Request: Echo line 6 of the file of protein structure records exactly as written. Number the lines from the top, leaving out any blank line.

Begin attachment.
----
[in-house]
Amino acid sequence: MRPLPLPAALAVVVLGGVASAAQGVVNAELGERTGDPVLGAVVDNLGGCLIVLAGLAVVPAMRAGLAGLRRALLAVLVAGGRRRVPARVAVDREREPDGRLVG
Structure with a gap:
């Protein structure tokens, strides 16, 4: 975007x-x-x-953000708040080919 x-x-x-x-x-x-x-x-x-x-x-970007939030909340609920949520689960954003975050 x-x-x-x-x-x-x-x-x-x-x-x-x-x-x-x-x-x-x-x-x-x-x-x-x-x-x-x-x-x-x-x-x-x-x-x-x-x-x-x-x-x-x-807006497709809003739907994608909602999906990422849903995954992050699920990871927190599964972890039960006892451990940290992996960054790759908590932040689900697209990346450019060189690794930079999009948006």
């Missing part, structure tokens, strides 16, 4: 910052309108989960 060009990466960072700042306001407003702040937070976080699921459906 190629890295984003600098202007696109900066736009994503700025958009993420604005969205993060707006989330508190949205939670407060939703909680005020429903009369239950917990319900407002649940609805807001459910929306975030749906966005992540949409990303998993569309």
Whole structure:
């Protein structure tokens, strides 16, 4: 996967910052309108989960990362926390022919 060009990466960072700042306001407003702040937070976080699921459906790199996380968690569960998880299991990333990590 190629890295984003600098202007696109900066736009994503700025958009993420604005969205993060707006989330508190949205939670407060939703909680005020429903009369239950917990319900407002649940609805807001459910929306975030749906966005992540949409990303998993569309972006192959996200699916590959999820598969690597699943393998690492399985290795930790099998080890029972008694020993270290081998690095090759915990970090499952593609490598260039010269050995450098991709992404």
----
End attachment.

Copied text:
Whole structure: